Saturday, 21st January 2017
This moment and movement belong to the young who are inhaling the fresh, free air of post-J TN for the first time. No one asked them to; they just did. Conspiracy theories of agent provocateurs are passe; the tsunami that is hitting Marina and beyond is so strong and spontaneous that it has even swept away all the usual suspects who habitually hit the streets at the drop of a, er, dung.
As a cultural right, Jallikattu is perfectly legitimate. The anger and protest are natural, the anguish aggravated by the selective mis-treatment of TNsentiments ‘tradition’ally and the resultant sense of alienation. The law of the land as well as its long arms cannot leverage regulatory lapses to throw the bull out with the bathwater and ban the sport itself.
But protests and strikes are addicting, the cause often getting relegated to the shadows. An impressionable and easily ignitable gen with powerful tech tools at their command, should be watchful that righteous mass mobilisation should not degenerate into mob mentality that insulates malafide motives and methods. There are many mischief mongers in our midst carrying lighted matchsticks.
The youth, protesting with admirable restraint and responsibility, did not solicit and rather rejected political and other support. Only the strike-happy unions and sundry associations have brought life and livelihoods to a standstill in an already paralysed State. And herein lies an off-campus lesson for the young protestors. Scooting from studies and work for long is neither good for them, their cause and the country. Public sympathy has an even lesser threshold than public memory. We don’t want future India stranded in the beaches. And they wouldn’t want their families suffering for lack of food, medicines, mobility and the mandatory movies, either. Surely, the young ones are imaginative enough to think up novel ways of protest, even while in office and classes!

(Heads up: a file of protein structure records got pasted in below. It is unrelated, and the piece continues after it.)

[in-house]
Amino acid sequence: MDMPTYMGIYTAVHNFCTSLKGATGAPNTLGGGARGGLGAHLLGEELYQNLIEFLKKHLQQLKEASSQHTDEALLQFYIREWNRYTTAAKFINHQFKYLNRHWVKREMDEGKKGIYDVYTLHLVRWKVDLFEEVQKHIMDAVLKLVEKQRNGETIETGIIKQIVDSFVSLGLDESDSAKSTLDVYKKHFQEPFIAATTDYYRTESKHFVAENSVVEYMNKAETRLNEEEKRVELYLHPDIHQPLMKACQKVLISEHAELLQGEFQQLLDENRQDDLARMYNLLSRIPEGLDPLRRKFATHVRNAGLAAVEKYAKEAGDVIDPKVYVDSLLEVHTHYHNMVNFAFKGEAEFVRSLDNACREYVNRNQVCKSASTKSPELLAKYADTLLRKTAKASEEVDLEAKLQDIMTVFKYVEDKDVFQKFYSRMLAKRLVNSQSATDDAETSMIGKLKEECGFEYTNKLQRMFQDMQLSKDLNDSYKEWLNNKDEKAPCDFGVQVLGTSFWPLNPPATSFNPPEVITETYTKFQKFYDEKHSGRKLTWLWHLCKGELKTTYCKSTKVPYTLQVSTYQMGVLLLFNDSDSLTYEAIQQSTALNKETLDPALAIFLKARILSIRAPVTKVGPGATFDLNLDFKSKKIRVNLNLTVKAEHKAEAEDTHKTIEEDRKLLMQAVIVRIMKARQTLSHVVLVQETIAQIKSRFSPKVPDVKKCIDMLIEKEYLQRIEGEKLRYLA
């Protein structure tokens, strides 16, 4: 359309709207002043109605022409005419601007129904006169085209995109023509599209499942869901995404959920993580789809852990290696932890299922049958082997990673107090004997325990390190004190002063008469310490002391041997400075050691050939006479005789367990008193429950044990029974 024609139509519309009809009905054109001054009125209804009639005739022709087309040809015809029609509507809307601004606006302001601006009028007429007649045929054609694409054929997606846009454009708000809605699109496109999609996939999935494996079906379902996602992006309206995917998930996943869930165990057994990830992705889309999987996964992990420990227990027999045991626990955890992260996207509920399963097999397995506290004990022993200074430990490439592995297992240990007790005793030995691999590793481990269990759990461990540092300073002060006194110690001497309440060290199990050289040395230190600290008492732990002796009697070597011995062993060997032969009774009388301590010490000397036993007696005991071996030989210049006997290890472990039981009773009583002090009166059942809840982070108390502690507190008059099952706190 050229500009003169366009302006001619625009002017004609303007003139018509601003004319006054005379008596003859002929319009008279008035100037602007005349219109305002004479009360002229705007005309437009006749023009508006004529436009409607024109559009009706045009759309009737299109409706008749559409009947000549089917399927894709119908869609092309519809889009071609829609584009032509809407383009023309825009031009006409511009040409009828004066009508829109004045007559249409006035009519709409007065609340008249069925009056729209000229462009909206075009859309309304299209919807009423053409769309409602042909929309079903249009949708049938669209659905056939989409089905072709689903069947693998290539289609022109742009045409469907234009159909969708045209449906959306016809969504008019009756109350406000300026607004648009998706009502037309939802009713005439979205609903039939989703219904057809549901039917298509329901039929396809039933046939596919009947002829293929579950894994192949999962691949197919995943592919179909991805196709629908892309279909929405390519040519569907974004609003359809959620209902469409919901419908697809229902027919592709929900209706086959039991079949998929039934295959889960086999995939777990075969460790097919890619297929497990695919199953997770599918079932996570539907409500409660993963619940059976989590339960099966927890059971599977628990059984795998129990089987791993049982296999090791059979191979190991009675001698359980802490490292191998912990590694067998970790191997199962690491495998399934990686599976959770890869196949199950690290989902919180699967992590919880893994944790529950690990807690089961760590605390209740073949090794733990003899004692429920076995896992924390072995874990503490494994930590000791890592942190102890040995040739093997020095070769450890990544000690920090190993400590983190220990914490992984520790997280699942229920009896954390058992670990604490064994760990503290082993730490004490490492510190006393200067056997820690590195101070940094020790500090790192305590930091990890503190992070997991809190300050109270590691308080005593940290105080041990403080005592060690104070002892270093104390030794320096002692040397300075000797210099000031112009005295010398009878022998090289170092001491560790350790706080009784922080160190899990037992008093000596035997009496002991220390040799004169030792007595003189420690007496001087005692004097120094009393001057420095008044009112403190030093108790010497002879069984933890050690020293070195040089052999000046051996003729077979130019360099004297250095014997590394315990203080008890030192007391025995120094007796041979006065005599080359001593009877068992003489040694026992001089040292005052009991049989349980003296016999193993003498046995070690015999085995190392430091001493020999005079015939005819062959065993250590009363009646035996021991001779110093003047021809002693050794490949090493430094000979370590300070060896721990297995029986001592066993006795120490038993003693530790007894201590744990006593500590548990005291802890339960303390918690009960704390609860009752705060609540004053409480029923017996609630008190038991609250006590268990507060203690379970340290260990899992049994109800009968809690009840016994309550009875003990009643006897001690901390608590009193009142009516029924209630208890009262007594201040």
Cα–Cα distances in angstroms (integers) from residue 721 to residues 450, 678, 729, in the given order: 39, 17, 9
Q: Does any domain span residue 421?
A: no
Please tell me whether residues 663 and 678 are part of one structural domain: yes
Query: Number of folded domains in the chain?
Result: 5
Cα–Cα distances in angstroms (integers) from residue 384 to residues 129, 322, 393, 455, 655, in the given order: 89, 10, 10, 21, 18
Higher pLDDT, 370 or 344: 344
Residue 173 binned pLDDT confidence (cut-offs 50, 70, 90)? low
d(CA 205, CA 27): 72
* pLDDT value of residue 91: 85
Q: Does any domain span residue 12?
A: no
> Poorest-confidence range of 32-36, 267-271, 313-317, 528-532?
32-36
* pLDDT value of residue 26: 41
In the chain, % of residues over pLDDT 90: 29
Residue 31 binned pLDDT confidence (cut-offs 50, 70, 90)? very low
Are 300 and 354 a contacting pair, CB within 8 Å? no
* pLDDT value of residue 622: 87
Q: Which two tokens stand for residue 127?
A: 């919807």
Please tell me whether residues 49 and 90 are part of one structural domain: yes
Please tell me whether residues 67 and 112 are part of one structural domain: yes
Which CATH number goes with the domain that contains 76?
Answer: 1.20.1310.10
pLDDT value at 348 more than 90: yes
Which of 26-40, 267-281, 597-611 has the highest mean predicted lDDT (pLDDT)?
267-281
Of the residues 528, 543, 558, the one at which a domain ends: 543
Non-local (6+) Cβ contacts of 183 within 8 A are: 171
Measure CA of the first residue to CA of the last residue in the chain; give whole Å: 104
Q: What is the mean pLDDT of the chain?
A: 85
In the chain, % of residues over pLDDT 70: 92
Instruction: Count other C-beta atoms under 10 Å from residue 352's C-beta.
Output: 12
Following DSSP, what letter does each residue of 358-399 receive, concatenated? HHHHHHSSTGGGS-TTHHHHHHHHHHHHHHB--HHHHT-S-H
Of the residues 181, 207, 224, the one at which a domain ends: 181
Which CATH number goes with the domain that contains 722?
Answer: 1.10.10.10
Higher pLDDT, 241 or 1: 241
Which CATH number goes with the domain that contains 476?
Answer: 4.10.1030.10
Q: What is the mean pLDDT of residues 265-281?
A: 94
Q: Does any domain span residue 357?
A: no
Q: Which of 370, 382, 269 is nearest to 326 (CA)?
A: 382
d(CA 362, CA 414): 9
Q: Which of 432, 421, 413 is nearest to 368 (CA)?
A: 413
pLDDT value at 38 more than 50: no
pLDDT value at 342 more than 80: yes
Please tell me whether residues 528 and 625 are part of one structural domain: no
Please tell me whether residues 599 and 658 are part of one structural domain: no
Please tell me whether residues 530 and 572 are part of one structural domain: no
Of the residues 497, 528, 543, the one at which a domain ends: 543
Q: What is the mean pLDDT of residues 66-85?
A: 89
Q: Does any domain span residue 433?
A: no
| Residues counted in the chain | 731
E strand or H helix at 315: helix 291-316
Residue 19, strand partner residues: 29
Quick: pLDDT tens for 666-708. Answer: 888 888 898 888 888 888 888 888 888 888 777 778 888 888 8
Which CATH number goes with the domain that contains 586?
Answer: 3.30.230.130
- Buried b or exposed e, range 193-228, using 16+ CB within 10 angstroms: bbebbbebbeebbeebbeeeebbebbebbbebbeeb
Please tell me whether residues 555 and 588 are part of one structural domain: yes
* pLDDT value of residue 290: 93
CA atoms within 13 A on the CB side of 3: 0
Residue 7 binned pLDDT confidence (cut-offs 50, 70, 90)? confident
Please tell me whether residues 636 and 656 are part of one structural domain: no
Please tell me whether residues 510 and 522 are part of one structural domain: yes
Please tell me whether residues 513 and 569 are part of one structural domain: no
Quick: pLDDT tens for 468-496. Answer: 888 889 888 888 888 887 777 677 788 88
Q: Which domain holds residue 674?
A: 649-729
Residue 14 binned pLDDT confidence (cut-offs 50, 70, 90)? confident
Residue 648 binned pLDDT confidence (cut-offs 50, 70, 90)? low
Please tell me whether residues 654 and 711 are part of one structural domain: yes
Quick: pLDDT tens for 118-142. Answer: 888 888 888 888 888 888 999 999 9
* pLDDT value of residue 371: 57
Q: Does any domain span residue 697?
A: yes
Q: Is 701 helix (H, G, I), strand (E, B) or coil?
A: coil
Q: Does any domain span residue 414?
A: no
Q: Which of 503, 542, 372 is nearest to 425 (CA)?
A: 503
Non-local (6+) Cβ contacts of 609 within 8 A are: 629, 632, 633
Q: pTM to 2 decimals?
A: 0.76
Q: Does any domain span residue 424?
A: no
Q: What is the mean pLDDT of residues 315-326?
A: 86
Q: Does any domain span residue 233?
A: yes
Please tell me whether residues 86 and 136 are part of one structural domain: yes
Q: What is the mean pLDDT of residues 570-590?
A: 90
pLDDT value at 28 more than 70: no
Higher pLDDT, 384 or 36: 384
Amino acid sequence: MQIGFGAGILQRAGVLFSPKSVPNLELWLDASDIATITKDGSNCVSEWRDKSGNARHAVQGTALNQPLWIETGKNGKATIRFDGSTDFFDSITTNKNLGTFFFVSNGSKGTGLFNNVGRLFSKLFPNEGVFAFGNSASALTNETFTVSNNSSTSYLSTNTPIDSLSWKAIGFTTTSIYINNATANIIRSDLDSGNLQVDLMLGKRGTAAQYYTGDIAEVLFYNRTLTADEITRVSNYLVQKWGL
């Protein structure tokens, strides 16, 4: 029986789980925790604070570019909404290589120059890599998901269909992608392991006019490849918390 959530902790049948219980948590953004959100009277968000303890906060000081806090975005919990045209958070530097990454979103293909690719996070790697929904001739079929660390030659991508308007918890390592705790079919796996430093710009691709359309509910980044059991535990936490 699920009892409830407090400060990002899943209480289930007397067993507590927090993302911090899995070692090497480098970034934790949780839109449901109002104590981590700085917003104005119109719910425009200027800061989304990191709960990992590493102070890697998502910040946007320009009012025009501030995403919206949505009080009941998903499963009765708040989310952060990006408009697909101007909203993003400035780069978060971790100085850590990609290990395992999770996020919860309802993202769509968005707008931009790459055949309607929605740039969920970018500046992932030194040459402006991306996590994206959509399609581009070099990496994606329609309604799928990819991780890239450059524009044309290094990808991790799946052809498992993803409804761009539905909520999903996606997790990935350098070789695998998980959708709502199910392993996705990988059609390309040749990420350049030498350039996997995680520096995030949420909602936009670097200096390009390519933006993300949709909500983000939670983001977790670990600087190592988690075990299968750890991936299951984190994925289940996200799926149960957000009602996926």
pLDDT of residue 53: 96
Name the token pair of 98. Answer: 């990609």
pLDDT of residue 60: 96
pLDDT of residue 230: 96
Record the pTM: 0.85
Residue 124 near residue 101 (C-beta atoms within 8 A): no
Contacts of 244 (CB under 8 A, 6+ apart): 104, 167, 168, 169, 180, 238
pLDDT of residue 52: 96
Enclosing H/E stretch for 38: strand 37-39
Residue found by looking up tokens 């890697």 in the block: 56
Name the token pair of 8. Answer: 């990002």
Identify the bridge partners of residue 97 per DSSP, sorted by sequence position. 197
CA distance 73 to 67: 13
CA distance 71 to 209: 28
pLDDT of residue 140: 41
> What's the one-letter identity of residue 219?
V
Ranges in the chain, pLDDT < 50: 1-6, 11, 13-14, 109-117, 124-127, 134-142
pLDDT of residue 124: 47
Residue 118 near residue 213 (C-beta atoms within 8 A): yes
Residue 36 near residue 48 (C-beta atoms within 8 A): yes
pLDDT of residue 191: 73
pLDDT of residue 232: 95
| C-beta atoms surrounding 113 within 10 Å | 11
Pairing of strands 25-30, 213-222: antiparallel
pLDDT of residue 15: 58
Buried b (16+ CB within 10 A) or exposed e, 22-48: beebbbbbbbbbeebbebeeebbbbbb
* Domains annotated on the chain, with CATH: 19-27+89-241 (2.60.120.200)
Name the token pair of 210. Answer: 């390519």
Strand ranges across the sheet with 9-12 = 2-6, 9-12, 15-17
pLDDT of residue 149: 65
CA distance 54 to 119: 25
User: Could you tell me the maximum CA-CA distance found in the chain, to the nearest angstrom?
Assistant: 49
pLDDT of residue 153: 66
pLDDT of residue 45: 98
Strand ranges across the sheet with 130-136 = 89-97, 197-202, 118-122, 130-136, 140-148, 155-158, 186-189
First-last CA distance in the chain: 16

That much said, I would prefer to slip through the horns of the larger dilemmas of the issue. So with a ‘big heart’, I now open this exclusive and ‘precious’ space of mine to a few young journo colleagues. Since it is their world and view that is paramount now, let this column too be theirs this week. But just this week alone, mates:
None in the country has ever witnessed such a silent and an active protest, post-independence. Youths have gathered together just to save our tradition and culture. Thoughts may differ, ideologies may differ, but coming together for a cause is worthy of appreciation. This agitation offers optimism for the future, provided the political forces don’t queer the pitch in any manner.
K V Navya